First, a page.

Pickling has several connotations in many parts of the world. Very simply put it means preserving food in brine or a vinegar immersion. We find pickled foods almost everywhere, right from cucumbers, gherkins, kimchi, carrots to even meats and seafood. Now pickles can be quite diverse and can say a lot of one’s culture. For instance in most european countries picking could mean preserving the vegetables in a simple brine solution and hence tend these to be more acidic in flavours. Where as here in the Indian sub continent the process of pickling lends a complexity of flavours quite tart and mingled with sweet and spicy notes.
Pickling is an age old tradition in India, albeit a dying one due to easy availability of ready made pickles off the market shelves.I have very fond memories of my grandmother and my aunts looking forward to the summer months when Mangoes are plenty. The green mangoes especially along with a host of spices, sugar and oil makes up a delicious pickle which serves up as an accompaniment with our meals. There are various varieties of pickle here including Lime, green chillies,mixed vegetables and even meats and sea food.
Well recently we celebrated Achaar Day in India. This translates into Pickle day as a part of Indian Food observance Day here in Mumbai.This is a wonderful initiative by the lovely blogger pal Rushina. She messaged me to come and join her for her AchaarDin potluck last weekend. Unfortunately due to a prior commitment I was unable to attend this event, However I promised her a Achaar recipe that evokes childhood memories for me and my family.
My Grand mom,Mom and aunts would often make this Brinjal pickle which we would relish as kids.With Anglo- Indian blood from my maternal genes this could well be coined under lost Anglo Indian recipes…This pickle takes me back to my maternal grandmothers kitchen where often the aroma’s of this pickle wafted through the house. I have tweaked it a bit by giving it my own touch. It’s just as good (so I think) Will have to send some across to my mom and my sister to sample some.I’m nursing some allergies at the moment and all I can do is stare at this wonderful and easy pickle for the moment.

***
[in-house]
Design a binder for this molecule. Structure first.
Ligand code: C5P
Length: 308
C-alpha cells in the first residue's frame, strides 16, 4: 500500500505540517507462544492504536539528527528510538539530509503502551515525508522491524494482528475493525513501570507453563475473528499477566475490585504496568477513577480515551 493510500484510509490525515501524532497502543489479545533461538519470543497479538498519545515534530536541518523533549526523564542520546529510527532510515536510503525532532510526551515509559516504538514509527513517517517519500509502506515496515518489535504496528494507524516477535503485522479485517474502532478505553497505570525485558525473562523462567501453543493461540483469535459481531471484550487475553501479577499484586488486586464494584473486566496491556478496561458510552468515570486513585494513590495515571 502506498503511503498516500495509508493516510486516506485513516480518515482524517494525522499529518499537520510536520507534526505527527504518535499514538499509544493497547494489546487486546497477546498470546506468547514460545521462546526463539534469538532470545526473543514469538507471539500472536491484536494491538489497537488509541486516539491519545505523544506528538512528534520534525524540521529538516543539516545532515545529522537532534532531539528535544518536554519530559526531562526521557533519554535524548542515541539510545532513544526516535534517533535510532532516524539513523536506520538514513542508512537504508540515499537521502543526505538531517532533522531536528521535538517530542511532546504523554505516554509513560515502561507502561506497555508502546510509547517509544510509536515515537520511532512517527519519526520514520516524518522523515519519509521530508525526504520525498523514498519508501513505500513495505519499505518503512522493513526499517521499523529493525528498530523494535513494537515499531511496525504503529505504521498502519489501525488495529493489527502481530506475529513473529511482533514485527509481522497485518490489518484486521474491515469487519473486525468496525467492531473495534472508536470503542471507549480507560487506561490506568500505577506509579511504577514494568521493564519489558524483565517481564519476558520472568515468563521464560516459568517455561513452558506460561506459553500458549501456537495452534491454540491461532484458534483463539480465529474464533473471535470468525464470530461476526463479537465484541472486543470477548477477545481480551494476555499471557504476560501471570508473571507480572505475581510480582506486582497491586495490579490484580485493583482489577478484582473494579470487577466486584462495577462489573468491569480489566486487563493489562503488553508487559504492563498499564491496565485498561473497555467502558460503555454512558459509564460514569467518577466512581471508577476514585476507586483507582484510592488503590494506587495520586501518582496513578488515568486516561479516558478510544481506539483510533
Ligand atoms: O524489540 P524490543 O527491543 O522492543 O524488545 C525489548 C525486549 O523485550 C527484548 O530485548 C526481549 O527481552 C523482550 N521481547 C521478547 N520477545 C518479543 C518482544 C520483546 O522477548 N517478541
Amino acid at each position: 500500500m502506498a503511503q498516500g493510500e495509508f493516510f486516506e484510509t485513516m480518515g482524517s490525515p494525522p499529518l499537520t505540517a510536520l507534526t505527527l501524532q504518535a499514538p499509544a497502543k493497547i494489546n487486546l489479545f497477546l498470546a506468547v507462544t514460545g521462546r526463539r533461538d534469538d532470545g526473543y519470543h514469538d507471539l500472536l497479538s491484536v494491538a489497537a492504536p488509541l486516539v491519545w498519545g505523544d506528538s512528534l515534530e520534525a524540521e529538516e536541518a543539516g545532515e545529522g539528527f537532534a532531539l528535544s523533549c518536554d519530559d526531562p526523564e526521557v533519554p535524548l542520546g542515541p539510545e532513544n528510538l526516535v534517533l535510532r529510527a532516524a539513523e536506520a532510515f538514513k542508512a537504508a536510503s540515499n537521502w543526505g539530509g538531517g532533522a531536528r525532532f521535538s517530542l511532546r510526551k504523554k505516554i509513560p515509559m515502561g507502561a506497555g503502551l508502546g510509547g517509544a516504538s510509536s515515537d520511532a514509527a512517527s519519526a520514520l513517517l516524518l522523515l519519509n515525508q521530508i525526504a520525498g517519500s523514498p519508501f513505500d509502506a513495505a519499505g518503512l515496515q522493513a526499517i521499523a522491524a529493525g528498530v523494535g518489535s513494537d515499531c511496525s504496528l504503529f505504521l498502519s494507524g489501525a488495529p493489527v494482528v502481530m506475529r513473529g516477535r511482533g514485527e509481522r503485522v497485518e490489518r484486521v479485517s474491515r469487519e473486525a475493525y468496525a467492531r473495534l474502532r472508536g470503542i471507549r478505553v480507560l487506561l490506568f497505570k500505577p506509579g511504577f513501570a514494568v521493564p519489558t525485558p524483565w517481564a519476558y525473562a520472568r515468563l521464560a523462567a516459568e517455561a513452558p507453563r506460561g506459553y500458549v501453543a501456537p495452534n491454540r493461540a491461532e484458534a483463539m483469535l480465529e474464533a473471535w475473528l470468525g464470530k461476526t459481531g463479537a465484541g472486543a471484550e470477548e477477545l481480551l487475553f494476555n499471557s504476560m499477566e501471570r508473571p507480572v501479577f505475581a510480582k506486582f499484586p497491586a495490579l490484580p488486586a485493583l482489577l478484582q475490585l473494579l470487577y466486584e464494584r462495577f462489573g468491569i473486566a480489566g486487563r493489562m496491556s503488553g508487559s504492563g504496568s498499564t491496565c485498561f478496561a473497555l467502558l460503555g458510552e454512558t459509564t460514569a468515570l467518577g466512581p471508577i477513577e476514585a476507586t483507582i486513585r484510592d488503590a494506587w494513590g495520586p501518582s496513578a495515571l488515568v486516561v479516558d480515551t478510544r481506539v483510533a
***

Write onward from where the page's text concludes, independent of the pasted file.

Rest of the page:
But I would love for you to try this recipe out. This can be eaten hot or cold and stays well for 3-4 when refrigerated.
1/2 kg small brinjals
3-4 pods chopped garlic
1 teaspoon ginger garlic paste
5-6 curry leaves
1 teaspoon mustard seeds
1 teaspoon roasted cumin seeds
1/2 teaspoon turmeric powder
1/4 teaspoon asafoetida (hing)
1 teaspoon chilli powder
5 tablespoons groundnut Oil
3 tablespoons White vinegar
2 tablespoons powdered jaggery (gur) or sugar
Wash the brinjals and cut into quarters
Add a little oil and fry the brinjals till semi cooked.
Remove them and keep aside
In the same pan add the balance oil and temper with mustard seeds and cumin seeds.
Add the chopped garlic and ginger garlic paste and fry for a bit.
Next add in all the powdered spices. and fry.
Add the fried brinjals and cook till almost done
Add in the vinegar and jaggery powder.
Cool and store in an air tight container.
Must consume within 2-3 days
Madras Style Lamb Curry: Recipe adapted from 50 Great Curries of India by Camellia Panjabi
Camellia Panjabi, cook book author of 50 Great Curries of India needs little introduction and is most certainly without a doubt one of my favourite Indian cookbooks.Fondly also know as the “Queen of Indian Cuisine”,her book is a delightful revelation of some traditional and authentic Indian recipes from various regions of India.
Now I had acquired her book probably a couple of decades ago,being a newly wed and on the look out for good Indian curry recipes,all to please the dear husband then. Winning his heart through his stomach was a huge priority then as much it is now,as we both are passionate about our food and specifically a good curry.Having lived internationally for many years,looking for specific ingredients and getting the base for the curry right may have required a bit of scouting for ingredients.All though using substitutes have always worked well for most recipes.We have recently relocated to Mumbai and have no dearth of spices,fresh meats and vegetables and it’s something I look forward buying.